Mary Woodvine stars as the nameless volunteer scientist who studies a small cluster of flowers on the cliffs of the titular Enys Men (a Cornish name that translates to “Stone Island”). After several lonely weeks observing “No changes” in those flowers, she notices lichen growing on their pedals, an intrusion that has an instant hallucinatory effect on her psyche. Initially isolated with only her field research and a few dog-eared paperbacks to fill her days, she’s joined by the presence of ghostly figures from both the history of Enys Men and from the history of her own life. It’s unclear where the young girl who resembles her fits into her own past (a lost daughter? a younger version of herself?), but it is clear that the drowned miners & seamen memorialized by the stone monument outside her cottage door still linger around the island as lost spirits. Or at least that’s what little sense my brain could make of the loopy, looping images Jenkin floods the screen with; there’s ultimately too little information to confidently assign any linear story to the emotional, hallucinatory journey our researcher in distress travels. Enys Men is a pure psychedelic meltdown of id at the bottom of a deep well of communal grief, one where running out of your monthly supply of tea is just as devastating as losing a boatful of loved ones at sea. Like Akerman before him, Jenkin makes his troubled protagonist’s world so small & regimented that the tiniest changes in her routine mean the world in the moment. Only, assigning any logical meaning to those changes is a fool’s mission in this case, as her downfall is staged entirely inside her own mind, with the titular island serving mostly as spooky Old World set dressing.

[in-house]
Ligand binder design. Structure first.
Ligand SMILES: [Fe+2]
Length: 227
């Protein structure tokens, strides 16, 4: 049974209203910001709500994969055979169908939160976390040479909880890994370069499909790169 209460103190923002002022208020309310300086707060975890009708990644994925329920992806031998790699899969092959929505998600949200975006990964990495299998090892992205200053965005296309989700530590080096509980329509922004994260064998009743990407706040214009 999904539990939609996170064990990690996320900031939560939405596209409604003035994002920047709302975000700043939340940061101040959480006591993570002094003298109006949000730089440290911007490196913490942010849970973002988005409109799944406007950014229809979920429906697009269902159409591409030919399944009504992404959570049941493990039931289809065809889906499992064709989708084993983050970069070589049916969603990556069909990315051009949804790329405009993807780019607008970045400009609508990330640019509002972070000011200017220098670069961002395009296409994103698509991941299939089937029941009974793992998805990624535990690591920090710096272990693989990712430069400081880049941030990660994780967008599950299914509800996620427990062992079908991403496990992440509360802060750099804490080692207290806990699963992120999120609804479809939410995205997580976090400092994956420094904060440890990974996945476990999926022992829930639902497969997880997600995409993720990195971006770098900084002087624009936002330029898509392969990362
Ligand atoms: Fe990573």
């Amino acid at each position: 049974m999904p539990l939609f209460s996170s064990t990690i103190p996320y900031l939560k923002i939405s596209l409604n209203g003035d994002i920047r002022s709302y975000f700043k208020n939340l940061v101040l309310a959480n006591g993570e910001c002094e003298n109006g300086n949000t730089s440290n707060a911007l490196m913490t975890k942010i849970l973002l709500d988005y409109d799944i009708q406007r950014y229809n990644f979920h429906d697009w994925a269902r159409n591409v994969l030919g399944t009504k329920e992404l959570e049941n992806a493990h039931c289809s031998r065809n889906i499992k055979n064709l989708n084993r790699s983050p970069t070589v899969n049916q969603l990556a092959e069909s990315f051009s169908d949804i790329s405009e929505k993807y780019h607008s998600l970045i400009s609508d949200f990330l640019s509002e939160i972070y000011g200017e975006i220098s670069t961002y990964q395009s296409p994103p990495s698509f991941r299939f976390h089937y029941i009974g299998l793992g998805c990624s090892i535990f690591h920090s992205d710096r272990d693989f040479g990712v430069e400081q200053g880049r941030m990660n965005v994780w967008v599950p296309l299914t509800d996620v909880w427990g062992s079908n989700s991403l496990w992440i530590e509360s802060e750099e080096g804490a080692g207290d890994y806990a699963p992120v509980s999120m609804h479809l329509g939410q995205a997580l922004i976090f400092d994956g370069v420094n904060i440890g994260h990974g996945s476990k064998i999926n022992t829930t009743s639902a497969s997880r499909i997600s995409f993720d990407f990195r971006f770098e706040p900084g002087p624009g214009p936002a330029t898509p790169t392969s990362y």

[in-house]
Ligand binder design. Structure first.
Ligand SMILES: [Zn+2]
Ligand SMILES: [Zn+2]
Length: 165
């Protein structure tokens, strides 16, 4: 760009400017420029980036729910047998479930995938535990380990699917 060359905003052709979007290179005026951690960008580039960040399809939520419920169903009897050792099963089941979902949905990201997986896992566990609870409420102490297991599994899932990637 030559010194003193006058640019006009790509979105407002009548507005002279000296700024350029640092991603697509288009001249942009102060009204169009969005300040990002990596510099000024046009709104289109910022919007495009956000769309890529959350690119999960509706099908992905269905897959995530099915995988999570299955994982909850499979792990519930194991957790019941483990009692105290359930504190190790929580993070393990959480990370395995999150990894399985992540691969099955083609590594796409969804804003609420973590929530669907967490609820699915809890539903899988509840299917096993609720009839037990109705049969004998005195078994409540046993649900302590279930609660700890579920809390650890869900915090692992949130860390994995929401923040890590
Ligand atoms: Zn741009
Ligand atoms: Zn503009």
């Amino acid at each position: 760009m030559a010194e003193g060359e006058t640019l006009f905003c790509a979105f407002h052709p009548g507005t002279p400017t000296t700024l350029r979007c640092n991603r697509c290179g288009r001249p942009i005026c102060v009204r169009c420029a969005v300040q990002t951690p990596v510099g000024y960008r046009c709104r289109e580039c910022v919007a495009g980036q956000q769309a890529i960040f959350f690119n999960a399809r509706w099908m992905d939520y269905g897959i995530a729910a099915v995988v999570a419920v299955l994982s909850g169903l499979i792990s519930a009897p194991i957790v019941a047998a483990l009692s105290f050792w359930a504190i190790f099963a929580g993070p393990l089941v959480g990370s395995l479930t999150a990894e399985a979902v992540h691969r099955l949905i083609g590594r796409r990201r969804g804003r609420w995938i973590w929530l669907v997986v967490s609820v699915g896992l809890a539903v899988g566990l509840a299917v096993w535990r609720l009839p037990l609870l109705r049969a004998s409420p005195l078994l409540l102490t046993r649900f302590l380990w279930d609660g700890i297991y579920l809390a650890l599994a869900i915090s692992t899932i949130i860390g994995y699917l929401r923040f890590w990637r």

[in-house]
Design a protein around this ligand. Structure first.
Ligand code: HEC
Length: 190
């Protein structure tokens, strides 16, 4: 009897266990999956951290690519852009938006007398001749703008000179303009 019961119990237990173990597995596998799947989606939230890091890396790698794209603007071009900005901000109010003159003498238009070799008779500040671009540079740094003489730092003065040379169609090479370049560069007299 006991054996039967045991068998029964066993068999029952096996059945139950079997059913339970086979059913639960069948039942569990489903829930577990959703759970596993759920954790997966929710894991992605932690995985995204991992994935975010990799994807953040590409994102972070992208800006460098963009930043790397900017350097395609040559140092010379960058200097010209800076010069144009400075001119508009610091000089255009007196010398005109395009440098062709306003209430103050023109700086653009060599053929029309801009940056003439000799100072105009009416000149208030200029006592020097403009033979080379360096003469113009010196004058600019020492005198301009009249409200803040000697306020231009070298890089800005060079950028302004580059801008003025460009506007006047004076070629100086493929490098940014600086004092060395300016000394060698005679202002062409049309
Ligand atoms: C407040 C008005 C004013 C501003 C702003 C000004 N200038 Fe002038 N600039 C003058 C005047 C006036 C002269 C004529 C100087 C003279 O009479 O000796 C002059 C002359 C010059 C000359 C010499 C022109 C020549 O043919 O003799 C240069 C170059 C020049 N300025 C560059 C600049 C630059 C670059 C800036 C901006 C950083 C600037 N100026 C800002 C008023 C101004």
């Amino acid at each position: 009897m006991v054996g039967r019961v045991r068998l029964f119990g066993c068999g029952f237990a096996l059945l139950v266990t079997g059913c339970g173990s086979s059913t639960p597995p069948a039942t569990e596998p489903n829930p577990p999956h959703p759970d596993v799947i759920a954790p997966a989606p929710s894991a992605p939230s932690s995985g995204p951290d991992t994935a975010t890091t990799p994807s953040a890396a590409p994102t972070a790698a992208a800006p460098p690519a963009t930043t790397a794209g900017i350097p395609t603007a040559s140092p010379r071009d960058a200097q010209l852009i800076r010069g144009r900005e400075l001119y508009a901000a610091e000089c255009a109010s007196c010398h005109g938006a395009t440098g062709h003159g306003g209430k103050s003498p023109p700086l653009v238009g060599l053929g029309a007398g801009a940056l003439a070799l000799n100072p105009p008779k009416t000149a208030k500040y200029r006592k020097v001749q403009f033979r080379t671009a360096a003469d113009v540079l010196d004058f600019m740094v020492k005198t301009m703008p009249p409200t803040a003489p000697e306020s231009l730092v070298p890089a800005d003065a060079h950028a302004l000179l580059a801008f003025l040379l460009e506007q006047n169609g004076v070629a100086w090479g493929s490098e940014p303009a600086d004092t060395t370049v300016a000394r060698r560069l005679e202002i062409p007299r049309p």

Hesitations about individual examples aside, you have to respect that the innate marketability of the horror genre is starting to import experimental filmmaking tactics into the mainstream. Enys Men immediately picked up North American distribution after it premiered at last year’s Cannes, likely because its traditionalist folk horror aesthetic was such an easy sell. Meanwhile, Jenkin’s previous feature Bait has yet to reach wide domestic distribution despite its years of fanatic endorsement from major British critic Mark Kermode and its similar vintage visual panache. It’s likely no coincidence that Bait is a real-world drama about gentrification in a small Cornwall fishing village, which can’t help sounding like homework even if it’s just as freely, weirdly expressive as Jenkin’s follow-up. The joy of seeing movies as difficult as The Outwaters & Skinamarink break through as unlikely hits earlier this year only highlights how horror has become one of the only viable mediums where artists can Trojan Horse actual Art into mainstream venues, since the genre’s popularity is seemingly eternal. Since Skinamarink was the biggest hit of the three, it turns out that a little grassroots buzz & viral marketing on TikTok also help. It’s a shame that Enys Men missed the boat on TikTok’s momentary obsession with sea shanties a few years ago, when it was best primed to be a cult-circuit hit. It’s still wonderful that it was nationally distributed at all, though, since it’s the exact kind of sensory nightmare that requires theatrical immersion to fully work its dark, hypnotic magic.